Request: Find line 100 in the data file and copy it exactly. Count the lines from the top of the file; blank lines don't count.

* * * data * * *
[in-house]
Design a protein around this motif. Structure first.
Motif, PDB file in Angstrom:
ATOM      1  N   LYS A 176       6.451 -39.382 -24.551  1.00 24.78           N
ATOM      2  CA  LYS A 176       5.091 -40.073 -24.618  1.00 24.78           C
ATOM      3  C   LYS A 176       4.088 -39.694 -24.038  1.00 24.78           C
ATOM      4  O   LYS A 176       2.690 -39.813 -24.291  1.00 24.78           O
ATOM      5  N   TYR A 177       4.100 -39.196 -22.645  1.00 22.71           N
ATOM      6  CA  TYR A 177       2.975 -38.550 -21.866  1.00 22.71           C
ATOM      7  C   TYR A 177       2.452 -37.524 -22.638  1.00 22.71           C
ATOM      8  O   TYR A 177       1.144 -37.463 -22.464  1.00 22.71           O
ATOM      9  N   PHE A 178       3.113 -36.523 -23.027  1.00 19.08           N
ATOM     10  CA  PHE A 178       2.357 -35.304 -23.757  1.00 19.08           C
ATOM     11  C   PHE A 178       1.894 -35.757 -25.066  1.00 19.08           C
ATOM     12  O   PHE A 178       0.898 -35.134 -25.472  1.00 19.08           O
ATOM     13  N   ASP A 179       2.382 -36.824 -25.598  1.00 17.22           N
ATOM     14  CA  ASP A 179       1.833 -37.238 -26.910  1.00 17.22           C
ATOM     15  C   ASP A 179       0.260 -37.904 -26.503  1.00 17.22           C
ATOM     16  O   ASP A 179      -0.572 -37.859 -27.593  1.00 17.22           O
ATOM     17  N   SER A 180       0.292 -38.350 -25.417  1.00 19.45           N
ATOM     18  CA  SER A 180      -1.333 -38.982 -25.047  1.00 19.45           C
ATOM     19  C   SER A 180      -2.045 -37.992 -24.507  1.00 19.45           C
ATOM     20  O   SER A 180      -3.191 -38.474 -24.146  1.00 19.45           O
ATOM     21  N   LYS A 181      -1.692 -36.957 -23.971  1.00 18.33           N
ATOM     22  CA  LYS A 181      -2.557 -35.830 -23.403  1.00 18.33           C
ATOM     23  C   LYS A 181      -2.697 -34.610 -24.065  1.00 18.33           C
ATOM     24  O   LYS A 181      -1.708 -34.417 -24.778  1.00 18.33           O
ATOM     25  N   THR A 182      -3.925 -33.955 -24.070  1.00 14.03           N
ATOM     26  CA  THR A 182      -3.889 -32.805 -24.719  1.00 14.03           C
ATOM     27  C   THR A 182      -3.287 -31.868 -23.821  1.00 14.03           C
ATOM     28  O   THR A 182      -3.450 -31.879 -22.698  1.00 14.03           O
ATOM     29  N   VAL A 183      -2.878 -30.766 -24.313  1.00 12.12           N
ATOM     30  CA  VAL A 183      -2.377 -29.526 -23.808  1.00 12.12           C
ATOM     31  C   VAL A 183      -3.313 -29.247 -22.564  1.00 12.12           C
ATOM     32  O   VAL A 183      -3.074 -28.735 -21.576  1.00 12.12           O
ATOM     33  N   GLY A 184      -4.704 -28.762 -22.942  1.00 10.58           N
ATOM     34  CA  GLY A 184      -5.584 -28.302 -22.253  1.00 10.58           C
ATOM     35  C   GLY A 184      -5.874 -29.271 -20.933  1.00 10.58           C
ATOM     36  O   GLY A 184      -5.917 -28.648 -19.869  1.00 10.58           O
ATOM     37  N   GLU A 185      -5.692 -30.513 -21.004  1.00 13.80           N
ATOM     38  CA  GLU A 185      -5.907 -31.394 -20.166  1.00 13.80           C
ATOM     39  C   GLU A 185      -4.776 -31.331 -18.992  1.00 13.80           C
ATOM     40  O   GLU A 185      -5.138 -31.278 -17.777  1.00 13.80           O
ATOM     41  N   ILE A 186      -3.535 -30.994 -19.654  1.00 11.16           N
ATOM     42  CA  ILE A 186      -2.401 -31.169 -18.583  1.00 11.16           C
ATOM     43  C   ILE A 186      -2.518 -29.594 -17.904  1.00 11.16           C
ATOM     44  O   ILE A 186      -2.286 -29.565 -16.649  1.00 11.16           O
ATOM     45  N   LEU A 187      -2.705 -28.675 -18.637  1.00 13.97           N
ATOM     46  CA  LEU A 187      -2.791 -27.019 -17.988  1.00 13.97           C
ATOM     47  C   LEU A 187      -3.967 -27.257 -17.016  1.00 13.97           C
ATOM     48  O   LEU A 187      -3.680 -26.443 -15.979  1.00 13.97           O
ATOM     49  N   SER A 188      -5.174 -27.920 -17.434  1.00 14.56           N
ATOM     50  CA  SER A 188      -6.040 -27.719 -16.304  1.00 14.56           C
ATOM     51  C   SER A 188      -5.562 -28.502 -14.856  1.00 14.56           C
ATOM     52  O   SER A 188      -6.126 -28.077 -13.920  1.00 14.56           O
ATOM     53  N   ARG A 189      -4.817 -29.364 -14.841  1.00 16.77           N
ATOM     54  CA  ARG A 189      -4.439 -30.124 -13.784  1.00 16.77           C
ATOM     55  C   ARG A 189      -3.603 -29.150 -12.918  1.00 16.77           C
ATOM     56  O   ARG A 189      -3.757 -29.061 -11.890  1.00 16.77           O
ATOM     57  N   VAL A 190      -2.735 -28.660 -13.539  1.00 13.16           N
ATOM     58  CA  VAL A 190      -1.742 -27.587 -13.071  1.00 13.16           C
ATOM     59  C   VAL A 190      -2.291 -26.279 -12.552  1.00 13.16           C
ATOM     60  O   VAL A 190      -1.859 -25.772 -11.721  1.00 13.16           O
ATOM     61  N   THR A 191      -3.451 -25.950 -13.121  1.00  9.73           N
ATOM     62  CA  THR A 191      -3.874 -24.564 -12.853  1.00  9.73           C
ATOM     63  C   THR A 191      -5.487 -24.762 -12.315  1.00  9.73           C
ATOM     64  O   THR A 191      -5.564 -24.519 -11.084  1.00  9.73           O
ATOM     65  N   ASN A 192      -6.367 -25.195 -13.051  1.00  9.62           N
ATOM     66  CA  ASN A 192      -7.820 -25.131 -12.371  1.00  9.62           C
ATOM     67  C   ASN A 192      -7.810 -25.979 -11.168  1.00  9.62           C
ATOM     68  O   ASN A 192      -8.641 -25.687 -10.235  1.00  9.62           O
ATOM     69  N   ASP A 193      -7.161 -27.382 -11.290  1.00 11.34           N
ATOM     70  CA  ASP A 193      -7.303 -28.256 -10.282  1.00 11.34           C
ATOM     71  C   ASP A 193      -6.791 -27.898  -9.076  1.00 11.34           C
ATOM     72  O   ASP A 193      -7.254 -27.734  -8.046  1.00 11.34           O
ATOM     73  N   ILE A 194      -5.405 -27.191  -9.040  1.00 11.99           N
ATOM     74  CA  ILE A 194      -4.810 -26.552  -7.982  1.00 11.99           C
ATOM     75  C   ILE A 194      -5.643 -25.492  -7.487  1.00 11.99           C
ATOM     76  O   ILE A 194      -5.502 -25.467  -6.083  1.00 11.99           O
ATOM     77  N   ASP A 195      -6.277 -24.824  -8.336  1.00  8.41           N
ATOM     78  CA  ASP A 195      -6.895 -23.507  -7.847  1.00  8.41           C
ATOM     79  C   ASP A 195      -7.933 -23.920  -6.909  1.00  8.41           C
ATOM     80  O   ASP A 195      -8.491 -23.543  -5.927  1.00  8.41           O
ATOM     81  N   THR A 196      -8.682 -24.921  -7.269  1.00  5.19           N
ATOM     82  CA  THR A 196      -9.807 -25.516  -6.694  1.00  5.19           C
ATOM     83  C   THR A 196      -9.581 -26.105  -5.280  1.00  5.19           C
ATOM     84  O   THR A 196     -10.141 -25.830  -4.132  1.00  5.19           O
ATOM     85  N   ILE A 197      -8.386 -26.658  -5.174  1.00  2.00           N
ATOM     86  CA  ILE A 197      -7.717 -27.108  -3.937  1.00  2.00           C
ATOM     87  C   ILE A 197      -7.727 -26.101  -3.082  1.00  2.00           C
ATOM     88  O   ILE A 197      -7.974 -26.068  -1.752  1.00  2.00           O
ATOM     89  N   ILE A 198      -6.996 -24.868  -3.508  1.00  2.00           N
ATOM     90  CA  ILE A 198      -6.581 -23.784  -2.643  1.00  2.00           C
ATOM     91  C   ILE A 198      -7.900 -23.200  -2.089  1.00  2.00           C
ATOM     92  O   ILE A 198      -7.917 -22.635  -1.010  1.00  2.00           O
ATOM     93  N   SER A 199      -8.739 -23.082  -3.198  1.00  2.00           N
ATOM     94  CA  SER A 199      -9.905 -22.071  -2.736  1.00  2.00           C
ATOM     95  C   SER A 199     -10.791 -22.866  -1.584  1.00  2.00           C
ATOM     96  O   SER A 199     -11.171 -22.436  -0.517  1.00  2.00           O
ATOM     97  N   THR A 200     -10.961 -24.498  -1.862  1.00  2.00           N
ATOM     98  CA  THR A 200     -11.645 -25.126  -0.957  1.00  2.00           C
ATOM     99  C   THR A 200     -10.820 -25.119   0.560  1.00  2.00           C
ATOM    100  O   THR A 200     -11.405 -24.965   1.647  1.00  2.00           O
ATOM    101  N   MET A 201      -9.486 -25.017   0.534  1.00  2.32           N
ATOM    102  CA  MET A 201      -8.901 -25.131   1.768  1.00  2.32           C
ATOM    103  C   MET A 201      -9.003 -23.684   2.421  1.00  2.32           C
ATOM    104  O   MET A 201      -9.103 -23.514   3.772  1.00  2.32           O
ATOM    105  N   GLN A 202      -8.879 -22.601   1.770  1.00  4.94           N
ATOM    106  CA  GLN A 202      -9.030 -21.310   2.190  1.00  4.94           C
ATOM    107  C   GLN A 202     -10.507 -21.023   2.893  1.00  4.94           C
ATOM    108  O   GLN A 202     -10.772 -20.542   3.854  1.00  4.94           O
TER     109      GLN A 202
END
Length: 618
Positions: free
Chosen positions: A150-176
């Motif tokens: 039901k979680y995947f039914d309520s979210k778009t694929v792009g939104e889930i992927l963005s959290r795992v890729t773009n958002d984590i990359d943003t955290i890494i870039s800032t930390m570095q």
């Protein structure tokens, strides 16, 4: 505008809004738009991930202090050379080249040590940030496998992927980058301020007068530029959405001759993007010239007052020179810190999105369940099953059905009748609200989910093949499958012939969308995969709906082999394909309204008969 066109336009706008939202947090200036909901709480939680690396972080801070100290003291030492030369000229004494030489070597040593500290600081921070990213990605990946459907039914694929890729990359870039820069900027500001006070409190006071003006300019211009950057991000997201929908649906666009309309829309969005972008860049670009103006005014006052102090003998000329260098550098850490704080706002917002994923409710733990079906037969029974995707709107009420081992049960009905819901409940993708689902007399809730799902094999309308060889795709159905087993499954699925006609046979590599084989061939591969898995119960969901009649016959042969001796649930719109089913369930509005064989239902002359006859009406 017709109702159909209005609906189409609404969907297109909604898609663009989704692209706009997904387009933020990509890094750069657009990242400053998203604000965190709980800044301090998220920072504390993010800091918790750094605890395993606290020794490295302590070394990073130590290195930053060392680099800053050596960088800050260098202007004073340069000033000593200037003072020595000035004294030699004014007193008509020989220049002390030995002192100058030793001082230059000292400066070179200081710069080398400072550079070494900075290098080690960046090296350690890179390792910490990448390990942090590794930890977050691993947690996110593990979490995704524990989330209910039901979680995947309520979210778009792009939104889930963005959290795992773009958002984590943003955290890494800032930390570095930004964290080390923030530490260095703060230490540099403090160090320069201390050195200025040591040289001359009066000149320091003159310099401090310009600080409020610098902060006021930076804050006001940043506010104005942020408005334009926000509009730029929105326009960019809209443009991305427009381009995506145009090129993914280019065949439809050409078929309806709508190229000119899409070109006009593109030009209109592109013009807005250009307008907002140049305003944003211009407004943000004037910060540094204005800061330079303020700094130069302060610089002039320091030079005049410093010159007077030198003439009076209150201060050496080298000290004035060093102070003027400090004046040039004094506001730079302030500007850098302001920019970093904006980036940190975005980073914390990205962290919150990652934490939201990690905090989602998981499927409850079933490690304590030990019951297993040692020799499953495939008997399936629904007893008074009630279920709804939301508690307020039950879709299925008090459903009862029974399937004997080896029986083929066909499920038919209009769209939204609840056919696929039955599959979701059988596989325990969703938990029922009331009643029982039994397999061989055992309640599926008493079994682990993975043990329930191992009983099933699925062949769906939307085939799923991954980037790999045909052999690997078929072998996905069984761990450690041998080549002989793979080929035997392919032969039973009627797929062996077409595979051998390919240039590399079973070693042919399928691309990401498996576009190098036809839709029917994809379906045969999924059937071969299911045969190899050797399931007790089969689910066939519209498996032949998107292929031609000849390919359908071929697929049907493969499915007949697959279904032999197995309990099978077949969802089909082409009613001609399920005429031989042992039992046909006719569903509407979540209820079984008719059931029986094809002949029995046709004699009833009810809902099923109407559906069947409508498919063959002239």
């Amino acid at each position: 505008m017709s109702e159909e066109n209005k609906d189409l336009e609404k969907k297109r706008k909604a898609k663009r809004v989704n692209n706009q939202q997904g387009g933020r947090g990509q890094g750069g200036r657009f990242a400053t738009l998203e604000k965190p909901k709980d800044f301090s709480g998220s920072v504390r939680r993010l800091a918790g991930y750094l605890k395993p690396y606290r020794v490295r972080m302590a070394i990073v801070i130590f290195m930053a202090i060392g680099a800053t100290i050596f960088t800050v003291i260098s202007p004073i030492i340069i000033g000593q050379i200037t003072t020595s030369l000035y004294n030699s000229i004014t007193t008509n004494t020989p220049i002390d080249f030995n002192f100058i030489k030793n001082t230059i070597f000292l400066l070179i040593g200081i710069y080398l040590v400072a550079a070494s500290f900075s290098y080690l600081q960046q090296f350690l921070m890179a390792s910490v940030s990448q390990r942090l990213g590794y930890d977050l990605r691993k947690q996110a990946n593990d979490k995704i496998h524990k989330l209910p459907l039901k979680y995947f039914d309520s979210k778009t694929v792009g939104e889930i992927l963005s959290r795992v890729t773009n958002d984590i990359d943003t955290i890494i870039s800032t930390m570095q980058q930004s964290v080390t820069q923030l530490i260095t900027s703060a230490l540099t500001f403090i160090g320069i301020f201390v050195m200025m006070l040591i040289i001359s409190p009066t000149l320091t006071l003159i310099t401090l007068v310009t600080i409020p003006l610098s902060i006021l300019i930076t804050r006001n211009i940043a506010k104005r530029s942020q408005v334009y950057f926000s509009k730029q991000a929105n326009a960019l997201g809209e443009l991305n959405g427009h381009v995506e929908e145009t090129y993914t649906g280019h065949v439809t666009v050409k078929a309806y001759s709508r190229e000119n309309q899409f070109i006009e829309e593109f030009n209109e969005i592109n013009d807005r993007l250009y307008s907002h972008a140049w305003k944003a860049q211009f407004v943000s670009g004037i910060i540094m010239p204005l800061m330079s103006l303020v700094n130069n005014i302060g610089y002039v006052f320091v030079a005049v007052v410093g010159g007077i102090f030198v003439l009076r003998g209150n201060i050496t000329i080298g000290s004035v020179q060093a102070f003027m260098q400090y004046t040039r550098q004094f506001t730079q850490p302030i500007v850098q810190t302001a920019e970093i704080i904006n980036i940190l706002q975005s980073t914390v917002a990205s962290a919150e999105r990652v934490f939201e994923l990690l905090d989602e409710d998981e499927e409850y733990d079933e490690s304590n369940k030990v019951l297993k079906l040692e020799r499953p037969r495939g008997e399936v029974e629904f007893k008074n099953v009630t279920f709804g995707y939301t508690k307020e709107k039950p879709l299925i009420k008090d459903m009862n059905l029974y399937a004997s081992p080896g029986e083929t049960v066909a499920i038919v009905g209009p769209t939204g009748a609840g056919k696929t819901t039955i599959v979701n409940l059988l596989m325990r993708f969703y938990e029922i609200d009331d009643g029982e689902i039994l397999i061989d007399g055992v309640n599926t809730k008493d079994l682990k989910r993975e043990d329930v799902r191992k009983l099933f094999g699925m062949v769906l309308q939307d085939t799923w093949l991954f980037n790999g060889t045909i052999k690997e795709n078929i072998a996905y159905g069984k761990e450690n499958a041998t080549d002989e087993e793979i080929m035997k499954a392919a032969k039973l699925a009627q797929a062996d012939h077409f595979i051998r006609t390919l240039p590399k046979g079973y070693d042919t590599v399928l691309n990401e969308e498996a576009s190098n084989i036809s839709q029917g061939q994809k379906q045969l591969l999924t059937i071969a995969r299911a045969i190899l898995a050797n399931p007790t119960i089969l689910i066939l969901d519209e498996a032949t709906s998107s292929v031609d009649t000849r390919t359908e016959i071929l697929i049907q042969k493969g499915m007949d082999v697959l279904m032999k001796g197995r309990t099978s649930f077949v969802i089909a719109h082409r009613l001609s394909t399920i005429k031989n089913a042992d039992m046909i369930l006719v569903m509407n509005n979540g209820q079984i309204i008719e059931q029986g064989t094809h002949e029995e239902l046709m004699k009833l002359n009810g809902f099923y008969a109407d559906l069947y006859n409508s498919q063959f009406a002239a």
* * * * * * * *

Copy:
ATOM     97  N   THR A 200     -10.961 -24.498  -1.862  1.00  2.00           N